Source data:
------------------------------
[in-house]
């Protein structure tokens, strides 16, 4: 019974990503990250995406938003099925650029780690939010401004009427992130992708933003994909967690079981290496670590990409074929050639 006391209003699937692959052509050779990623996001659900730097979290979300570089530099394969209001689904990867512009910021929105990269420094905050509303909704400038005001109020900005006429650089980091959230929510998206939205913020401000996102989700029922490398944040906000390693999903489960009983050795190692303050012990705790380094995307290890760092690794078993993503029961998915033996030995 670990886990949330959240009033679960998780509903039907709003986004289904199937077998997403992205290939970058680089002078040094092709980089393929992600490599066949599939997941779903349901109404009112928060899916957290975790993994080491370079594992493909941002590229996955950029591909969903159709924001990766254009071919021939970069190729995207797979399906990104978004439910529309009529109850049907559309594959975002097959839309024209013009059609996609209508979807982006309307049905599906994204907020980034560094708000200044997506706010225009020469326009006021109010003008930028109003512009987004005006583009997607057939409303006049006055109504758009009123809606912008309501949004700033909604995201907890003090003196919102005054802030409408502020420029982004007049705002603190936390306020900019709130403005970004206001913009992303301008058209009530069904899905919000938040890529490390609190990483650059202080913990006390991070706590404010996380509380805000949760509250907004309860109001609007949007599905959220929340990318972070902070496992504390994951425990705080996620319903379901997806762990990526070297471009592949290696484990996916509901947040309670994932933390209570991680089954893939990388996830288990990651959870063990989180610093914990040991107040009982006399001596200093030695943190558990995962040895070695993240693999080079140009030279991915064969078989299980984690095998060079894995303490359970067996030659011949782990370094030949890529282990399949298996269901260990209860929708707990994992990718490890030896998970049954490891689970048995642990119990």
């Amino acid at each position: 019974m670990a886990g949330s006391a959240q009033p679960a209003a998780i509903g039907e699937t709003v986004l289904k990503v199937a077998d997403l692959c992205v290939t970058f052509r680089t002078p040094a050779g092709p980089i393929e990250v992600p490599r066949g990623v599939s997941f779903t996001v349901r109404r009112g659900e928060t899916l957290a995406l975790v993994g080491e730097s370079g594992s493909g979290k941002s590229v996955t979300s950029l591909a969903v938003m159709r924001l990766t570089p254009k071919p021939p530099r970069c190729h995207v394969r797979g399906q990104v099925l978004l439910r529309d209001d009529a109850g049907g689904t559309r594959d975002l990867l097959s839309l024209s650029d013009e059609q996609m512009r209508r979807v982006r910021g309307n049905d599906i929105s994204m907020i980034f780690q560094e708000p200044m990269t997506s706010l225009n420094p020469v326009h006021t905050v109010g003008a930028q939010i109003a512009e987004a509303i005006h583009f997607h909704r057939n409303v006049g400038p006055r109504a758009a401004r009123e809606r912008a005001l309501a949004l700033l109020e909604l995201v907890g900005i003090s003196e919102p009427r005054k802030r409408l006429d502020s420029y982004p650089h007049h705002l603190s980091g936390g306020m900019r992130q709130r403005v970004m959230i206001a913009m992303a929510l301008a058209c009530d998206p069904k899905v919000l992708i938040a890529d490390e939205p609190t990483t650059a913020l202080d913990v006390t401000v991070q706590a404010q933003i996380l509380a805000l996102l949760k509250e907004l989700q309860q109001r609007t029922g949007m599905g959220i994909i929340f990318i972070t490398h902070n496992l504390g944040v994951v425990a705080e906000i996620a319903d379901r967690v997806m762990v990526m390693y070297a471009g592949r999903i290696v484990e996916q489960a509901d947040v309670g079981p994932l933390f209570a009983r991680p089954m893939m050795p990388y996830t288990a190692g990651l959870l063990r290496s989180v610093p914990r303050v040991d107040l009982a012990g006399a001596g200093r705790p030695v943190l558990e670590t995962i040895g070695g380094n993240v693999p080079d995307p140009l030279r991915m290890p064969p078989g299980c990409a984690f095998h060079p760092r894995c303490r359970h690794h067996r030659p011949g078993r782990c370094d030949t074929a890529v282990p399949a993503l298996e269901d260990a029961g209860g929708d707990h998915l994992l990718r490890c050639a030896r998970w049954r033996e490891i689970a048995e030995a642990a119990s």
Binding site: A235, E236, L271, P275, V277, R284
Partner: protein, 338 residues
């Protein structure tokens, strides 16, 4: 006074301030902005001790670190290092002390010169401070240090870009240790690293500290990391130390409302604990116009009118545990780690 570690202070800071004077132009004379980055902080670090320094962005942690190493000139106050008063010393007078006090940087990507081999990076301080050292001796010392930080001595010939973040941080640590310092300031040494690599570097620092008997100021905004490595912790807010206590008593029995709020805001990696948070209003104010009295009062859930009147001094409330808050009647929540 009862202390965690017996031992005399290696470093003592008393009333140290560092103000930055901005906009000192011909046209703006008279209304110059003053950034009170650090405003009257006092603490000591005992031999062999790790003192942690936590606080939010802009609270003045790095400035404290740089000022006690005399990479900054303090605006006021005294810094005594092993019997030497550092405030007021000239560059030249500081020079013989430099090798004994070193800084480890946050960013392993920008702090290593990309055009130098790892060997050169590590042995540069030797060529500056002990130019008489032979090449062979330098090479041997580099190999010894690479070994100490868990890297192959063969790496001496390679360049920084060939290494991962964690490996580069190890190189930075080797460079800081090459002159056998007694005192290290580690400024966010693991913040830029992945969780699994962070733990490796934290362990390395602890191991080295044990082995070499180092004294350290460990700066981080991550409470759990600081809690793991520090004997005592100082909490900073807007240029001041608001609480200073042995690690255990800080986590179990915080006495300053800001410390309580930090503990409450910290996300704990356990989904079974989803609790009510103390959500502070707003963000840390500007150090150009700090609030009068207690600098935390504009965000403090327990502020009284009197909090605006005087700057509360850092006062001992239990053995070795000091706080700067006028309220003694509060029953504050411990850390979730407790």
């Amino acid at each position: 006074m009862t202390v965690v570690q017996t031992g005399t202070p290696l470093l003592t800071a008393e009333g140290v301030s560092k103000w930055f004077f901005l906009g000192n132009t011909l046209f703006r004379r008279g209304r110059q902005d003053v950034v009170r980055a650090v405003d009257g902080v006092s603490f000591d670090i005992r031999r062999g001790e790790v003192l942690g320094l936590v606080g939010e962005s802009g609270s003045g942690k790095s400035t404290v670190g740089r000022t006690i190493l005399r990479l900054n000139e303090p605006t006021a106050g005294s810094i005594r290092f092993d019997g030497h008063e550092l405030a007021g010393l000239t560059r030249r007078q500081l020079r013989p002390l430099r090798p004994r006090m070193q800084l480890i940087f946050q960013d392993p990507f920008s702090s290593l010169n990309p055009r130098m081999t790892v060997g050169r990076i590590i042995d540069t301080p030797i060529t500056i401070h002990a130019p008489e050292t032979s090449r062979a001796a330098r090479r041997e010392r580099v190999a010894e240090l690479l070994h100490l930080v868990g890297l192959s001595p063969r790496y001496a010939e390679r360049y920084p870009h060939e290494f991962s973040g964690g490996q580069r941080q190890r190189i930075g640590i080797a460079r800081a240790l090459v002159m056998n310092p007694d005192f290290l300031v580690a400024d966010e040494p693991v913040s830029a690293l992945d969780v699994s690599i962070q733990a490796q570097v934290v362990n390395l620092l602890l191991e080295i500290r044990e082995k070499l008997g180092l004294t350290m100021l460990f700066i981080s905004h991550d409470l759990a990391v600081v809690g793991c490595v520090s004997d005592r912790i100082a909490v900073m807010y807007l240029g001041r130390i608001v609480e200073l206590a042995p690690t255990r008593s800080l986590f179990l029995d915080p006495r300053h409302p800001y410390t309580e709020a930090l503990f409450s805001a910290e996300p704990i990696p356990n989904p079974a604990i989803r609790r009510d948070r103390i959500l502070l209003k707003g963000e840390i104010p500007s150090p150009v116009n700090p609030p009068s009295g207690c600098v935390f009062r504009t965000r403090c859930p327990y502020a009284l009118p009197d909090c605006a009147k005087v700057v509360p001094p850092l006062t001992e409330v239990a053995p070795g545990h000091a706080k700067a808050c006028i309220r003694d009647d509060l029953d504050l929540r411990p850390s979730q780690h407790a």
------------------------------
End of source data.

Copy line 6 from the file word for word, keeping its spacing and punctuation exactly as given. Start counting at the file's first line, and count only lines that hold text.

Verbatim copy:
């Protein structure tokens, strides 16, 4: 006074301030902005001790670190290092002390010169401070240090870009240790690293500290990391130390409302604990116009009118545990780690 570690202070800071004077132009004379980055902080670090320094962005942690190493000139106050008063010393007078006090940087990507081999990076301080050292001796010392930080001595010939973040941080640590310092300031040494690599570097620092008997100021905004490595912790807010206590008593029995709020805001990696948070209003104010009295009062859930009147001094409330808050009647929540 009862202390965690017996031992005399290696470093003592008393009333140290560092103000930055901005906009000192011909046209703006008279209304110059003053950034009170650090405003009257006092603490000591005992031999062999790790003192942690936590606080939010802009609270003045790095400035404290740089000022006690005399990479900054303090605006006021005294810094005594092993019997030497550092405030007021000239560059030249500081020079013989430099090798004994070193800084480890946050960013392993920008702090290593990309055009130098790892060997050169590590042995540069030797060529500056002990130019008489032979090449062979330098090479041997580099190999010894690479070994100490868990890297192959063969790496001496390679360049920084060939290494991962964690490996580069190890190189930075080797460079800081090459002159056998007694005192290290580690400024966010693991913040830029992945969780699994962070733990490796934290362990390395602890191991080295044990082995070499180092004294350290460990700066981080991550409470759990600081809690793991520090004997005592100082909490900073807007240029001041608001609480200073042995690690255990800080986590179990915080006495300053800001410390309580930090503990409450910290996300704990356990989904079974989803609790009510103390959500502070707003963000840390500007150090150009700090609030009068207690600098935390504009965000403090327990502020009284009197909090605006005087700057509360850092006062001992239990053995070795000091706080700067006028309220003694509060029953504050411990850390979730407790």